Fuel Cells: A Lot of Hot Air?
Under growing pressure to improve energy efficiency, automakers around the world have already spent approximately $2 billion to develop electric cars powered by fuel cells. The technology involved, which uses hydrogen to generate electricity, has been heralded as the key to tomorrow’s cleaner-running car. But is it really environmentally friendlier?
In the short term, the answer is no, according to a recent MIT study. Over the next two decades, fuel cells will deliver an environmental performance only slightly better than advanced versions of the familiar internal-combustion gasoline engine, the study says. During that time, another technology-internal combustion/electric hybrid cars like the Honda Insight and Toyota Prius, which premiered last year-promises the lowest energy consumption and emissions.
If every corner gas station sold hydrogen, fuel cells would be more efficient and competitive. But as a practical matter, hydrogen must first be extracted from today’s widely available fuels, like gasoline and methanol. “Fuel cells offer no important advantages over other technologies,” says Malcolm Weiss, who headed the MIT study, with funding from four oil companies, Ford, and a foundation. “You can more quickly and easily produce and introduce improvements in traditional technologies than new technologies.”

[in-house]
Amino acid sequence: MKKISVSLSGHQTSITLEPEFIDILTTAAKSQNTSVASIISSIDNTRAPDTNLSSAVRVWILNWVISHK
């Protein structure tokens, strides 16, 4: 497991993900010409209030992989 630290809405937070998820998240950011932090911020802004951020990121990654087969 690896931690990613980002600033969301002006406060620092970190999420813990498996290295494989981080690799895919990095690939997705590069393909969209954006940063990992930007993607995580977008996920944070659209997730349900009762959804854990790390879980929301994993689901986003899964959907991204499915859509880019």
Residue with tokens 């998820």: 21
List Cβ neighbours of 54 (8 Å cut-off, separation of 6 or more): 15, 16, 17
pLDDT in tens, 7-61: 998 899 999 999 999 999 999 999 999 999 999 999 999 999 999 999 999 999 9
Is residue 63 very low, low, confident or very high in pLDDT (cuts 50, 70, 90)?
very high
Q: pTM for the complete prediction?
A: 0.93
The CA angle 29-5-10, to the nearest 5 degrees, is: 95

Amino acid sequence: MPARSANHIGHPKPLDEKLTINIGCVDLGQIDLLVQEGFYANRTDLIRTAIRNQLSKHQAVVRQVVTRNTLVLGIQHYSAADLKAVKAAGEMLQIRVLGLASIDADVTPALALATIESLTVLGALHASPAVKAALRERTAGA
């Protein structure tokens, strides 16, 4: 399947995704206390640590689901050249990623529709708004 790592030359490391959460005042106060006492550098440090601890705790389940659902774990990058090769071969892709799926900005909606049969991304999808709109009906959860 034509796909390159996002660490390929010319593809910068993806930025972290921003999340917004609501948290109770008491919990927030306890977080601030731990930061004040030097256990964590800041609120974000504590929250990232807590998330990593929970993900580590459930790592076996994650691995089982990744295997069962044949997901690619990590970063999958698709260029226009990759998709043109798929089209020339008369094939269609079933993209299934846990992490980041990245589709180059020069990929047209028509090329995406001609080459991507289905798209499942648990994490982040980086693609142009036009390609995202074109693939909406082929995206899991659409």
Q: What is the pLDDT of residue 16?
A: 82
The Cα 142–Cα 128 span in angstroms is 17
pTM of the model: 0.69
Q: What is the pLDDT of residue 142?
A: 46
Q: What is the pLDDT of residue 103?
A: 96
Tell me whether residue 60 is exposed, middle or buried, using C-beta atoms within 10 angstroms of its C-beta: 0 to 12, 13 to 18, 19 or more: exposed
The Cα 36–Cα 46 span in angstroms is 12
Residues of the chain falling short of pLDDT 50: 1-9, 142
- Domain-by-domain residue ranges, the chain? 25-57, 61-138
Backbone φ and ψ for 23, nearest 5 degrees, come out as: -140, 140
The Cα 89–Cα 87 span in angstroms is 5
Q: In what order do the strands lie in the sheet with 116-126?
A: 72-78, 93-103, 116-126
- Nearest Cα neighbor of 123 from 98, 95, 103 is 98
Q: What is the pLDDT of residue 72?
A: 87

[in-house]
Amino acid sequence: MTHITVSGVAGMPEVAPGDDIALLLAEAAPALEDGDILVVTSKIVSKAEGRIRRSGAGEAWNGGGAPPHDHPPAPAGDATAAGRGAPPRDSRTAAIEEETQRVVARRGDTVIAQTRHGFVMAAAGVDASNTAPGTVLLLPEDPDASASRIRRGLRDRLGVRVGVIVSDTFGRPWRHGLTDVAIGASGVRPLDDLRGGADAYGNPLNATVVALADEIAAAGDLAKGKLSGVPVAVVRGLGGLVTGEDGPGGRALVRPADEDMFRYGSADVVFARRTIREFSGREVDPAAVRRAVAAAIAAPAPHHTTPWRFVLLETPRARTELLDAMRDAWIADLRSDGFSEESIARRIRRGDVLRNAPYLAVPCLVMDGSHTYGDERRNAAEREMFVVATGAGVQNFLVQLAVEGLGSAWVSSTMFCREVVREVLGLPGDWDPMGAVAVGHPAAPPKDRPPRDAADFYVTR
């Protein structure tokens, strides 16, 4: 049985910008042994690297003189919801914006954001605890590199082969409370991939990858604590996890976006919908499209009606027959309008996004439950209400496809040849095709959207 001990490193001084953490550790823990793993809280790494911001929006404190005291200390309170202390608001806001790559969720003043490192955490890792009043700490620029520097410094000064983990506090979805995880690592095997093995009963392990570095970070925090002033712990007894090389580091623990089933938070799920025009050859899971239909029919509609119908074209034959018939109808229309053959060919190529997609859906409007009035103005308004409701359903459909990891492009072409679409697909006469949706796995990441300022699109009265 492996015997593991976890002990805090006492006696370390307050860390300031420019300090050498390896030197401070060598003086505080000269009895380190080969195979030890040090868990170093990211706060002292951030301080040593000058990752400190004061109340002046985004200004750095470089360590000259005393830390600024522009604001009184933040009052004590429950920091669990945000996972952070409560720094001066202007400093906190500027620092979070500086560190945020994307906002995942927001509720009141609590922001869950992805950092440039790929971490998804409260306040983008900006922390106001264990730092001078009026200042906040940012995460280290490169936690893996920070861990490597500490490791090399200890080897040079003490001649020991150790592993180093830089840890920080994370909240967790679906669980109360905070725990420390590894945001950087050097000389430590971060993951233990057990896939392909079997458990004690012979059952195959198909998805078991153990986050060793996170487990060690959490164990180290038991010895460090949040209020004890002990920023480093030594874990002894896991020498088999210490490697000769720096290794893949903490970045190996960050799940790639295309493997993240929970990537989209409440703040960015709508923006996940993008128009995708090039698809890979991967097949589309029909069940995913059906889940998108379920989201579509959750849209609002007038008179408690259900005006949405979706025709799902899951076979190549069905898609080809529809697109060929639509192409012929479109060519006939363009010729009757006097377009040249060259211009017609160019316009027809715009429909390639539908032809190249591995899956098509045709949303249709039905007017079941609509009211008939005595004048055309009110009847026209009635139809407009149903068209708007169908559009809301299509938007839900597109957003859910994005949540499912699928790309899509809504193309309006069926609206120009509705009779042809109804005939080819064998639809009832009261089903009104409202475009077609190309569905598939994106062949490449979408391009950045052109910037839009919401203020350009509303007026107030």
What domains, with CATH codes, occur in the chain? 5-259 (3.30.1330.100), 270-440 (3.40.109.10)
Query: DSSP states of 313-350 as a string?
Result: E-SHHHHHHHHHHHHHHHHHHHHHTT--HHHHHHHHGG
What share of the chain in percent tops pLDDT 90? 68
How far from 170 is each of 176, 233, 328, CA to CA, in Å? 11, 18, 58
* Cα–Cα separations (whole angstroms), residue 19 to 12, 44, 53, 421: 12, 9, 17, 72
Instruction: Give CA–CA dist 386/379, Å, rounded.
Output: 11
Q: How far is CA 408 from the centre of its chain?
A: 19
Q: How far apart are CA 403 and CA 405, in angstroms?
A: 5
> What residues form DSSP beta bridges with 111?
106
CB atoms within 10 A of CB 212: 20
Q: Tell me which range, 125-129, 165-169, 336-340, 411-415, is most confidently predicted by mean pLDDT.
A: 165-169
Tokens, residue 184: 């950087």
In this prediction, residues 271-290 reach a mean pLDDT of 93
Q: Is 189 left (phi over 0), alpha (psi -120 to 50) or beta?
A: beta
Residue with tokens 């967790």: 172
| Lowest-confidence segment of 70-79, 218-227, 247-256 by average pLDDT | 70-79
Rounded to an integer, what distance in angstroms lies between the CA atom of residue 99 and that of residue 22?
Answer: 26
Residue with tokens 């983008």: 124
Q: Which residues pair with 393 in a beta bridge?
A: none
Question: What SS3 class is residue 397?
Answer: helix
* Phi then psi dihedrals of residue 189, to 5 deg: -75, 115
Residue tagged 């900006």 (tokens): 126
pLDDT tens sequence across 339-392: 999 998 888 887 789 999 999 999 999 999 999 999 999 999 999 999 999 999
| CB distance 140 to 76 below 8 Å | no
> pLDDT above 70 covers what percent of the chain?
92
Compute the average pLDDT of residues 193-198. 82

The study used computer simulations of various combinations of fuels and engines and included the “life cycle” energy costs of building the engines and producing the fuel. The study concluded that in 2020, internal combustion/electric hybrids will consume about 55 to 65 percent of the energy of an advanced gasoline car, while fuel cell/electric hybrids will consume more: 72 to 104 percent.
Fuel cells have a better chance beyond 2020, when hydrogen may be more available, says Brendan Prebo of Ford, which is in partnership to sell a fuel-cell car in 2004. He said the findings “aren’t that big a surprise.”
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